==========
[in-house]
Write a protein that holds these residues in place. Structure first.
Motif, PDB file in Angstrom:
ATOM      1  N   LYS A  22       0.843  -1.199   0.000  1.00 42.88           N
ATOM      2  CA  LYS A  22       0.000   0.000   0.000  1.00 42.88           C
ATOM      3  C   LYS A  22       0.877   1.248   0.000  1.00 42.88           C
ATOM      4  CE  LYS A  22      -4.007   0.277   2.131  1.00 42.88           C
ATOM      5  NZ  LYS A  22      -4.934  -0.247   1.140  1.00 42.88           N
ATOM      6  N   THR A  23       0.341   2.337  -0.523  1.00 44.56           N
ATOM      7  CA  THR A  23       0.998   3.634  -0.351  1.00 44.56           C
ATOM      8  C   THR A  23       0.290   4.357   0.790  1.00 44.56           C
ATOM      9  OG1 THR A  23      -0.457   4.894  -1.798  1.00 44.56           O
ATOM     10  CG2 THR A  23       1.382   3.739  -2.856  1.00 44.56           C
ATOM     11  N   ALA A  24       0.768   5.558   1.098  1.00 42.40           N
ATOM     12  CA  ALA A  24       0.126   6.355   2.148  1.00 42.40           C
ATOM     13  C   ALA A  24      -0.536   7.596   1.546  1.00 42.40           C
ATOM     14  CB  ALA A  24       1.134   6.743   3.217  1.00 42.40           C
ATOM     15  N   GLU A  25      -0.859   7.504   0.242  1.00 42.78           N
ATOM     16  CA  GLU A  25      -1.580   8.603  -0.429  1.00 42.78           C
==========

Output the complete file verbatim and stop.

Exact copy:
[in-house]
Write a protein that holds these residues in place. Structure first.
Motif, PDB file in Angstrom:
ATOM      1  N   LYS A  22       0.843  -1.199   0.000  1.00 42.88           N
ATOM      2  CA  LYS A  22       0.000   0.000   0.000  1.00 42.88           C
ATOM      3  C   LYS A  22       0.877   1.248   0.000  1.00 42.88           C
ATOM      4  CE  LYS A  22      -4.007   0.277   2.131  1.00 42.88           C
ATOM      5  NZ  LYS A  22      -4.934  -0.247   1.140  1.00 42.88           N
ATOM      6  N   THR A  23       0.341   2.337  -0.523  1.00 44.56           N
ATOM      7  CA  THR A  23       0.998   3.634  -0.351  1.00 44.56           C
ATOM      8  C   THR A  23       0.290   4.357   0.790  1.00 44.56           C
ATOM      9  OG1 THR A  23      -0.457   4.894  -1.798  1.00 44.56           O
ATOM     10  CG2 THR A  23       1.382   3.739  -2.856  1.00 44.56           C
ATOM     11  N   ALA A  24       0.768   5.558   1.098  1.00 42.40           N
ATOM     12  CA  ALA A  24       0.126   6.355   2.148  1.00 42.40           C
ATOM     13  C   ALA A  24      -0.536   7.596   1.546  1.00 42.40           C
ATOM     14  CB  ALA A  24       1.134   6.743   3.217  1.00 42.40           C
ATOM     15  N   GLU A  25      -0.859   7.504   0.242  1.00 42.78           N
ATOM     16  CA  GLU A  25      -1.580   8.603  -0.429  1.00 42.78           C